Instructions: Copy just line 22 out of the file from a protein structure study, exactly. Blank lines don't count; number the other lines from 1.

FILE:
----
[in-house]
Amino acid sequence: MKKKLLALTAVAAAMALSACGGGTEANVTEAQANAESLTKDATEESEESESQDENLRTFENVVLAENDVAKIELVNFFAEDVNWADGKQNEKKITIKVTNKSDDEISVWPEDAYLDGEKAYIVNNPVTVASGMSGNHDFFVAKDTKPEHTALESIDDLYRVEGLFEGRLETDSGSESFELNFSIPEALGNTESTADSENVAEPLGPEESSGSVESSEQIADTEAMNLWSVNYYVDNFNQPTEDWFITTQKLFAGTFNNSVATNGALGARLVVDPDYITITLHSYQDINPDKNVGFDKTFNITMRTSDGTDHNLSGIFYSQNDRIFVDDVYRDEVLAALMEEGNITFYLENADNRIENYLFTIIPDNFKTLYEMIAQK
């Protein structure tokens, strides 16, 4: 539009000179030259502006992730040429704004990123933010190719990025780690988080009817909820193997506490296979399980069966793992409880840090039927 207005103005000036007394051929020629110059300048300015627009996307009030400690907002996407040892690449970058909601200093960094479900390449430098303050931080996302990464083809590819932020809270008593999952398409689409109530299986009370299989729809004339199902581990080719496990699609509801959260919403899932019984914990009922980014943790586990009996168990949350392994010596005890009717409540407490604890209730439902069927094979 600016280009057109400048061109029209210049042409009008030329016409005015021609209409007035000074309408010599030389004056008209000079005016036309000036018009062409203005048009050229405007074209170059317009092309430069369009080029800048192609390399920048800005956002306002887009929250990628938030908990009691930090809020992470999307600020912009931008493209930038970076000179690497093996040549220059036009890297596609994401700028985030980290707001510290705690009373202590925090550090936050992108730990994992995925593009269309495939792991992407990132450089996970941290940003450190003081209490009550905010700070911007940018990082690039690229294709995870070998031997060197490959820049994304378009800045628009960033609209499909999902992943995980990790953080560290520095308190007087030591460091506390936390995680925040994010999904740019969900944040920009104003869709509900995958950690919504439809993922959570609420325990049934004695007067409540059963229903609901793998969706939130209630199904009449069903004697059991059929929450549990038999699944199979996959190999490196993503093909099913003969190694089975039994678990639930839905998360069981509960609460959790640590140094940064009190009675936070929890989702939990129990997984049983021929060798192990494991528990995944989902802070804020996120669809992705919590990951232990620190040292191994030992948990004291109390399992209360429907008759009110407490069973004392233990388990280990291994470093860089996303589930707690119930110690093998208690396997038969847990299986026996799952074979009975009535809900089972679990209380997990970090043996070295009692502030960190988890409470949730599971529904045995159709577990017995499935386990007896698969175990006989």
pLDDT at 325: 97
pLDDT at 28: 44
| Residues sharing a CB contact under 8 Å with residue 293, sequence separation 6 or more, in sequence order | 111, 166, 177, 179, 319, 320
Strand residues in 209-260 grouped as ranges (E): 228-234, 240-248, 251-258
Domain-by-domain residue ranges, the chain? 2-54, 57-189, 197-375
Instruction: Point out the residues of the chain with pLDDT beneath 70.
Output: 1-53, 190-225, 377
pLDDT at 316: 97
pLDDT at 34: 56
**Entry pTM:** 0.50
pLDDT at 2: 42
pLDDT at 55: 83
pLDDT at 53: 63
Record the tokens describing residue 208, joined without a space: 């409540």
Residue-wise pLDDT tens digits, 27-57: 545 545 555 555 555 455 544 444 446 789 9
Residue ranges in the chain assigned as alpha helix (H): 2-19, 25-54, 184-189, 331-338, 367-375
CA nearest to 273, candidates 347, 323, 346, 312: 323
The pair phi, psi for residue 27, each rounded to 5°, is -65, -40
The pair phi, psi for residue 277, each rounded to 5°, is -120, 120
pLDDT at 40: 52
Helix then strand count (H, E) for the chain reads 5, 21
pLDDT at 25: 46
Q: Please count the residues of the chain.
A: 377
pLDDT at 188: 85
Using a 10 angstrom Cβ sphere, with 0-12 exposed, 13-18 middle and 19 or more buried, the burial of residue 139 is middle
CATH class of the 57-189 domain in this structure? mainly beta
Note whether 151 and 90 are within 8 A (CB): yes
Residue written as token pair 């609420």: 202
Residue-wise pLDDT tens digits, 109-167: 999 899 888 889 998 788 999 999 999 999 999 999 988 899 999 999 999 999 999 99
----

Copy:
The pair phi, psi for residue 277, each rounded to 5°, is -120, 120